Print 25 March 2015
RADNOR, Pa., March 25, 2015 (GLOBE NEWSWIRE) -- Marinus Pharmaceuticals, Inc.(Nasdaq:MRNS), a biopharmaceutical company dedicated to the development of innovative neuropsychiatric therapeutics, today announced that the United States Food and Drug Administration (FDA) has granted Orphan Drug Designation for ganaxolone, a synthetic analog of the endogenous neurosteroid allopregnanolone, for the treatment of protocadherin 19 gene (PCDH19) female epilepsy. Marinus is currently conducting a Phase 2 clinical trial evaluating the safety and efficacy of ganaxolone as adjunctive therapy for uncontrolled seizures in PCDH19 female pediatric epilepsy, and expects initial data in 2015.
"We are pleased to receive the Orphan Drug Designation for ganaxolone in PCDH19 female epilepsy," commented Christopher M. Cashman, Chief Executive Officer of Marinus Pharmaceuticals. "This designation underscores the significant unmet medical need for girls suffering from this severe epileptic syndrome, associated with clusters and other types of seizures. We believe that the novel mechanism of ganaxolone, along with the established safety profile seen in pediatric epilepsy trials, supports the potential for ganaxolone to control seizures in these young girls who currently have no approved treatment options."
Orphan Drug Designation is granted by the FDA Office of Orphan Products Development (OOPD) to novel drugs or biologics that treat a rare disease or condition affecting fewer than 200,000 patients in the U.S. The designation provides the drug developer with a seven-year period of U.S. marketing exclusivity, as well as tax credits for clinical research costs, the ability to apply for annual grant funding, clinical research trial design assistance and waiver of Prescription Drug User Fee Act (PDUFA) filing fees. The OOPD also works on rare disease issues with the medical and research communities, professional organizations, academia, governmental agencies, industry, and rare disease patient groups.
Ganaxolone is a small molecule that is a synthetic analog of allopregnanolone, an endogenous neurosteroid produced in the central nervous system that modulates the brain neurotransmitter GABA. Ganaxolone was designed to have the same GABA modulation effects as allopregnanolone without steroidal effects. Ganaxolone and allopregnanolone differ from other GABAA agents by interacting with unique binding sites on the GABAA receptor that are located both within and outside the GABA synapse (synaptic or extrasynaptic binding). Ganaxolone's activation of the extrasynaptic receptor is a unique mechanism that provides stabilizing effects that we believe differentiates it from other drugs that increase GABA signaling. Preclinical studies provide evidence that the GABA modulatory activity of ganaxolone is responsible for its anticonvulsive activity in epileptic seizures and its antianxiety effects in animal models of other neuropsychiatric disorders.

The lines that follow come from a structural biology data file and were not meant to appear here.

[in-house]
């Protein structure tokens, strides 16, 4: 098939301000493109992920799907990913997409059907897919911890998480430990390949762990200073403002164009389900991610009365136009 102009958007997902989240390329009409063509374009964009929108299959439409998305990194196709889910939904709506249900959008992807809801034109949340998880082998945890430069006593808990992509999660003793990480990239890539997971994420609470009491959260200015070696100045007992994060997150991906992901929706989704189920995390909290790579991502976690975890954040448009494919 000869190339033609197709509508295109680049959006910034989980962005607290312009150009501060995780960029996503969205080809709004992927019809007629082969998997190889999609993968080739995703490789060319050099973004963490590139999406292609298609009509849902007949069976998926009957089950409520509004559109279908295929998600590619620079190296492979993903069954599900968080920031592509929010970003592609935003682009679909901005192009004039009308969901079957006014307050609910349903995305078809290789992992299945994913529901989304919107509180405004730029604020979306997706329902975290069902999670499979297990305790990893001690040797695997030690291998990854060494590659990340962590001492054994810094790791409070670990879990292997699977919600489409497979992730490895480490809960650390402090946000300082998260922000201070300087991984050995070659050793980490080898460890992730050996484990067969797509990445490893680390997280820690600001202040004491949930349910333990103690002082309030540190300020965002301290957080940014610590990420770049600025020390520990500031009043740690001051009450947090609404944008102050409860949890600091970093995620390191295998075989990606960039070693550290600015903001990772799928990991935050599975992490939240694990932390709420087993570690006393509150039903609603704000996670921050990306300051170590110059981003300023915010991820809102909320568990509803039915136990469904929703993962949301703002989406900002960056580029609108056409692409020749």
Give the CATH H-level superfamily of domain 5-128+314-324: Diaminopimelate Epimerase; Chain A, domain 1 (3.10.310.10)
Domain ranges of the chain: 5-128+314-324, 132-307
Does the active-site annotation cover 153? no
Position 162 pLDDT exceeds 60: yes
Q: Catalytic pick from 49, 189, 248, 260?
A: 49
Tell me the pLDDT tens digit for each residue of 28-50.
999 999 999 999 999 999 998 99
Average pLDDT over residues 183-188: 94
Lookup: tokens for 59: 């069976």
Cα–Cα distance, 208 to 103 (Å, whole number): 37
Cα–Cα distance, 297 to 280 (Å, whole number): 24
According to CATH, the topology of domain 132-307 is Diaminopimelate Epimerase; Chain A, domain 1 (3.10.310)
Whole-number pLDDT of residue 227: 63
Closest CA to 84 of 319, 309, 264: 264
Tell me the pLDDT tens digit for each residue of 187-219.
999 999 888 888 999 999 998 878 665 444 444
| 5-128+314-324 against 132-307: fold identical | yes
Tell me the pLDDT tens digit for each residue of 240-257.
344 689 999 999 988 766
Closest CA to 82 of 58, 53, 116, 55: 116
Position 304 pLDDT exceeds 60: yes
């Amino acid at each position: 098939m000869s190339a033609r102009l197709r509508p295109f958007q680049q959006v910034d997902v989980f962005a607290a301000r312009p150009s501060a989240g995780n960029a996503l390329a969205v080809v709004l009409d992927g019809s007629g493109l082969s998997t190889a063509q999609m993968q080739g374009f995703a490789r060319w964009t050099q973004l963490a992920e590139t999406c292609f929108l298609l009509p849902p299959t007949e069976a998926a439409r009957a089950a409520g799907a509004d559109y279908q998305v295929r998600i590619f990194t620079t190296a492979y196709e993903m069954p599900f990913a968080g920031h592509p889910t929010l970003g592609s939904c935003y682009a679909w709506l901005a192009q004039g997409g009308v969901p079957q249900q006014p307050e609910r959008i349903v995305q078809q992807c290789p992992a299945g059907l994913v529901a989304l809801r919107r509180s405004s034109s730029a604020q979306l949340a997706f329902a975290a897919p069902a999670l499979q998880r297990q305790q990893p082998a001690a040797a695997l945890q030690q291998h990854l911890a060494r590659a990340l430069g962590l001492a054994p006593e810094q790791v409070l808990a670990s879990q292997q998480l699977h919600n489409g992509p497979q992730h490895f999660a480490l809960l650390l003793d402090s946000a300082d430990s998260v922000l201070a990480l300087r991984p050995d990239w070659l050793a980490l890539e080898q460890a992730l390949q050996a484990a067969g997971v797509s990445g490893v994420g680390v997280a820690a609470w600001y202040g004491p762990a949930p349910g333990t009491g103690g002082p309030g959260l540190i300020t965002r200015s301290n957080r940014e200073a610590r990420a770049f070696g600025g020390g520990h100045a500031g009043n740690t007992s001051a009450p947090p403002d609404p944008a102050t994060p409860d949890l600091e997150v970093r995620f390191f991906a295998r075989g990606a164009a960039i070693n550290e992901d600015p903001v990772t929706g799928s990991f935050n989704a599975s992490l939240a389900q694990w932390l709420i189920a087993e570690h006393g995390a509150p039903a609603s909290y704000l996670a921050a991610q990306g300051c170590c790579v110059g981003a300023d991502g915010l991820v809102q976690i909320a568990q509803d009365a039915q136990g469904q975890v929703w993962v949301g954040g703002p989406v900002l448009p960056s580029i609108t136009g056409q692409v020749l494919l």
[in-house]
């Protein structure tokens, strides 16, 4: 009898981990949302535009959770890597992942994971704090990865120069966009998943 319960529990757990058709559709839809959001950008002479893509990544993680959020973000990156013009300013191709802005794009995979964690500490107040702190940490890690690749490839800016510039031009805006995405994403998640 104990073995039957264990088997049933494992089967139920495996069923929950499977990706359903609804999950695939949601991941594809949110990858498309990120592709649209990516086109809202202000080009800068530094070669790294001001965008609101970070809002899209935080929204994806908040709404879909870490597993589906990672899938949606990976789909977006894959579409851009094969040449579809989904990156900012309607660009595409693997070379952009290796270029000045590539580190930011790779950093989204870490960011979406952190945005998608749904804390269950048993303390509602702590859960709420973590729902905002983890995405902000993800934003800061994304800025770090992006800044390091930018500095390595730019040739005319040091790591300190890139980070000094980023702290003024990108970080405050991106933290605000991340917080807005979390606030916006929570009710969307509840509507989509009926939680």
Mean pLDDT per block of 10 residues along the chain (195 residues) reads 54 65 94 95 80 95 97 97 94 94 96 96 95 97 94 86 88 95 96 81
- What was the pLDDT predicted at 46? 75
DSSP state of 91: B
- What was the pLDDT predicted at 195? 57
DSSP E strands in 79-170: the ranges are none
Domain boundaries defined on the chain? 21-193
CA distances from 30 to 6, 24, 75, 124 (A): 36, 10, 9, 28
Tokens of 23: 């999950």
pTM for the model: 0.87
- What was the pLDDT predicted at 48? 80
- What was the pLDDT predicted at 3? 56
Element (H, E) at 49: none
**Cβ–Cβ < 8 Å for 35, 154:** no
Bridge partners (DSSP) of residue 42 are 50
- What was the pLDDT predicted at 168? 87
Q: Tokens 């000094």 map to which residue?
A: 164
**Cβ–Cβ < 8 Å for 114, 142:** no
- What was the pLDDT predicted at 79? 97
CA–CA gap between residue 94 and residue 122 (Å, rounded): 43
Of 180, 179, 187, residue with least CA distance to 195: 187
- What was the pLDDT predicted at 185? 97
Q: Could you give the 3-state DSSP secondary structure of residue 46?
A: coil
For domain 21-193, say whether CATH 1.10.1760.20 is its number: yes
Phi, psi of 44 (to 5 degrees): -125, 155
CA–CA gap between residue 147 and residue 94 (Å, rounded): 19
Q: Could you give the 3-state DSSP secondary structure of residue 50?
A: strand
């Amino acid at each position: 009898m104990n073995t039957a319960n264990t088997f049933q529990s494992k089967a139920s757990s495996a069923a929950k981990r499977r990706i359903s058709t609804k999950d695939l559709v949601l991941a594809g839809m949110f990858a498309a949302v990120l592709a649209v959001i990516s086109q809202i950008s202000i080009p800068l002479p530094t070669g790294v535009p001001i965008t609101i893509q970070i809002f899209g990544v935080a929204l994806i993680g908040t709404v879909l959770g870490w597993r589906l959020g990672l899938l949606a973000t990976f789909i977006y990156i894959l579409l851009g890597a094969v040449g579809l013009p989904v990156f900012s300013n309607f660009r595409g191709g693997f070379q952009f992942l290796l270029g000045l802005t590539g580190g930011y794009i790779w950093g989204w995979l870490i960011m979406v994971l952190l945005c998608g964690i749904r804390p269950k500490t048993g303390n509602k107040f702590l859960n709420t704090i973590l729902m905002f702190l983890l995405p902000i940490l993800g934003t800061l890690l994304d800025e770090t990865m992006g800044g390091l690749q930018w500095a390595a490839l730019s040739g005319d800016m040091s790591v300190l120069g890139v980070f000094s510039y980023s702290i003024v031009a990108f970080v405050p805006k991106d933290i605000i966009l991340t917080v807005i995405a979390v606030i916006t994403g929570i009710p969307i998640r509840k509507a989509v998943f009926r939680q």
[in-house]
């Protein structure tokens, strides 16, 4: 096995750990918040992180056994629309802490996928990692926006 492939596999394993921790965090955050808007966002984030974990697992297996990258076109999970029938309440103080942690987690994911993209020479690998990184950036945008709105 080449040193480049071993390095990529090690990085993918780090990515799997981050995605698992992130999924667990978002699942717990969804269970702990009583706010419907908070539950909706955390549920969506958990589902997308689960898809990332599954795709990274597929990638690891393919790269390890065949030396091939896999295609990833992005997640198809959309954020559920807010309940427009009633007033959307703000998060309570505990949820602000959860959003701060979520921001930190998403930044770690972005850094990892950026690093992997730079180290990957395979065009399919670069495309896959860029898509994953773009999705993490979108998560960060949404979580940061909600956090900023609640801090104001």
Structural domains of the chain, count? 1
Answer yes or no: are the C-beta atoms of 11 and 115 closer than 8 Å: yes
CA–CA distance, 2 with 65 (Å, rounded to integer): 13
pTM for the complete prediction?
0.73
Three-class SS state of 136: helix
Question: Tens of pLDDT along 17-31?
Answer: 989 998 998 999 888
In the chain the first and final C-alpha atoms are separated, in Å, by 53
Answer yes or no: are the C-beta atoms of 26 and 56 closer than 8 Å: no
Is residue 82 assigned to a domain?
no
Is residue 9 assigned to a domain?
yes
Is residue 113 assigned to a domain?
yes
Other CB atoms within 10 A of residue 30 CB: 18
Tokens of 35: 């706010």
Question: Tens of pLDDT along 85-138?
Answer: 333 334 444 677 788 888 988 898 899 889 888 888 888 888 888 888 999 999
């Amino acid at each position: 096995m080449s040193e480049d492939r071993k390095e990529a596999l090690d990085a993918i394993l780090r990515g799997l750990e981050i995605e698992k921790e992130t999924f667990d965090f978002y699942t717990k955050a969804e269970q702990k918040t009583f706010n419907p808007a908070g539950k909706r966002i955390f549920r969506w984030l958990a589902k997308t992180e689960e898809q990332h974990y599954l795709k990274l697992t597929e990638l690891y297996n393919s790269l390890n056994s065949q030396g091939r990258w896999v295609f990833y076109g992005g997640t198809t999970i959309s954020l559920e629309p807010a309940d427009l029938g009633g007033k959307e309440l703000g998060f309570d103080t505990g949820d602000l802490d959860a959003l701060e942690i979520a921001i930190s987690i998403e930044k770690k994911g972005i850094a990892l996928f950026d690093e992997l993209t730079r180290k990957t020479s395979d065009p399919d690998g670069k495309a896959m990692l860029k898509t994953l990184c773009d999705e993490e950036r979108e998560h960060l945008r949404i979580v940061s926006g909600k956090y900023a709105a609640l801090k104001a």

About PCDH19 Female Pediatric Epilepsy
PCDH19 female pediatric epilepsy is a serious and rare epileptic syndrome that affects approximately 15,000-30,000 females in the United States. The condition, which is caused by an inherited mutation of the protocadherin 19 (PCDH19) gene, located on the X chromosome, is characterized by early-onset cluster seizures, cognitive and sensory impairment of varying degrees, and behavioral disturbances. The PCDH19 gene encodes a protein, protocadherin 19, which is part of a family of molecules supporting the communication between cells in the central nervous system. In case of mutation, protocadherin 19 may be malformed, reduced in its functions or not produced at all. The abnormal expression of protocadherin 19 is associated with occurrence of seizures beginning in the early years of life, mostly focal clusters of seizures that last from one day to weeks. Often, but not always, the syndrome is also associated with a cognitive impairment of varying nature, and behavioral or social disorders with autistic traits. Currently, there are no approved therapies for PCDH19 female pediatric epilepsy.